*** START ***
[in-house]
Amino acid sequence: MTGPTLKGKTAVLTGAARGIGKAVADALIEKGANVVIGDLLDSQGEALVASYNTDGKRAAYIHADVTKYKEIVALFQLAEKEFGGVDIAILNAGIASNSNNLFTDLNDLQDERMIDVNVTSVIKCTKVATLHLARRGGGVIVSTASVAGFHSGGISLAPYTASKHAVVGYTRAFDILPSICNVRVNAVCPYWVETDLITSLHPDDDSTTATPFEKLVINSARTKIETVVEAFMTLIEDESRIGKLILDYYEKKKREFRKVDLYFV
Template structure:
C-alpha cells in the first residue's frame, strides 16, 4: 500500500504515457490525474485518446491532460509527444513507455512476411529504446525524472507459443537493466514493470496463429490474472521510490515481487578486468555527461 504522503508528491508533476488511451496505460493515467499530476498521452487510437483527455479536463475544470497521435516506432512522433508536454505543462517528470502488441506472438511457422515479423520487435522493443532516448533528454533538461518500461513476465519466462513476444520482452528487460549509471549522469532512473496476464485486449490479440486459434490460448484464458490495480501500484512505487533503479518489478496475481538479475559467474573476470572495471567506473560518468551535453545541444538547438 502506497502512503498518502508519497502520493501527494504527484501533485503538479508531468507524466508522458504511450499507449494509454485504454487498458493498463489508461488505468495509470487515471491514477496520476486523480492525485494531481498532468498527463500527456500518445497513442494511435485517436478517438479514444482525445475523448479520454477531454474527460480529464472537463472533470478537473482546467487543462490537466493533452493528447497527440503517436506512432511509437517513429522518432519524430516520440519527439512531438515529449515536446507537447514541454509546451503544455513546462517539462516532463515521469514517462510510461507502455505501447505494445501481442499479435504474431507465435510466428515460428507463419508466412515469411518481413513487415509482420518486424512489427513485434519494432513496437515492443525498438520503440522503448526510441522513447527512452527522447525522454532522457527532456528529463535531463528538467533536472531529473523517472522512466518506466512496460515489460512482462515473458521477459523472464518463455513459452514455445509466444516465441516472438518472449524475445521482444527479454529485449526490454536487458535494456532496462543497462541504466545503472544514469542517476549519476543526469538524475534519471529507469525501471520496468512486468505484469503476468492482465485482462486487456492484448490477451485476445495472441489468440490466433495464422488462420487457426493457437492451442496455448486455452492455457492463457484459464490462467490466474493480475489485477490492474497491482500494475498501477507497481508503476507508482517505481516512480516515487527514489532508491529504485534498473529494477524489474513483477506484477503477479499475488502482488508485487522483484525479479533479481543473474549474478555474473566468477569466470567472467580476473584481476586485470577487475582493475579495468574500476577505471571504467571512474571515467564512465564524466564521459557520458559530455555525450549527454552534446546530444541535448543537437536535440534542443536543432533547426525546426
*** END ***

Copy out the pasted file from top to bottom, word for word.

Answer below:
[in-house]
Amino acid sequence: MTGPTLKGKTAVLTGAARGIGKAVADALIEKGANVVIGDLLDSQGEALVASYNTDGKRAAYIHADVTKYKEIVALFQLAEKEFGGVDIAILNAGIASNSNNLFTDLNDLQDERMIDVNVTSVIKCTKVATLHLARRGGGVIVSTASVAGFHSGGISLAPYTASKHAVVGYTRAFDILPSICNVRVNAVCPYWVETDLITSLHPDDDSTTATPFEKLVINSARTKIETVVEAFMTLIEDESRIGKLILDYYEKKKREFRKVDLYFV
Template structure:
C-alpha cells in the first residue's frame, strides 16, 4: 500500500504515457490525474485518446491532460509527444513507455512476411529504446525524472507459443537493466514493470496463429490474472521510490515481487578486468555527461 504522503508528491508533476488511451496505460493515467499530476498521452487510437483527455479536463475544470497521435516506432512522433508536454505543462517528470502488441506472438511457422515479423520487435522493443532516448533528454533538461518500461513476465519466462513476444520482452528487460549509471549522469532512473496476464485486449490479440486459434490460448484464458490495480501500484512505487533503479518489478496475481538479475559467474573476470572495471567506473560518468551535453545541444538547438 502506497502512503498518502508519497502520493501527494504527484501533485503538479508531468507524466508522458504511450499507449494509454485504454487498458493498463489508461488505468495509470487515471491514477496520476486523480492525485494531481498532468498527463500527456500518445497513442494511435485517436478517438479514444482525445475523448479520454477531454474527460480529464472537463472533470478537473482546467487543462490537466493533452493528447497527440503517436506512432511509437517513429522518432519524430516520440519527439512531438515529449515536446507537447514541454509546451503544455513546462517539462516532463515521469514517462510510461507502455505501447505494445501481442499479435504474431507465435510466428515460428507463419508466412515469411518481413513487415509482420518486424512489427513485434519494432513496437515492443525498438520503440522503448526510441522513447527512452527522447525522454532522457527532456528529463535531463528538467533536472531529473523517472522512466518506466512496460515489460512482462515473458521477459523472464518463455513459452514455445509466444516465441516472438518472449524475445521482444527479454529485449526490454536487458535494456532496462543497462541504466545503472544514469542517476549519476543526469538524475534519471529507469525501471520496468512486468505484469503476468492482465485482462486487456492484448490477451485476445495472441489468440490466433495464422488462420487457426493457437492451442496455448486455452492455457492463457484459464490462467490466474493480475489485477490492474497491482500494475498501477507497481508503476507508482517505481516512480516515487527514489532508491529504485534498473529494477524489474513483477506484477503477479499475488502482488508485487522483484525479479533479481543473474549474478555474473566468477569466470567472467580476473584481476586485470577487475582493475579495468574500476577505471571504467571512474571515467564512465564524466564521459557520458559530455555525450549527454552534446546530444541535448543537437536535440534542443536543432533547426525546426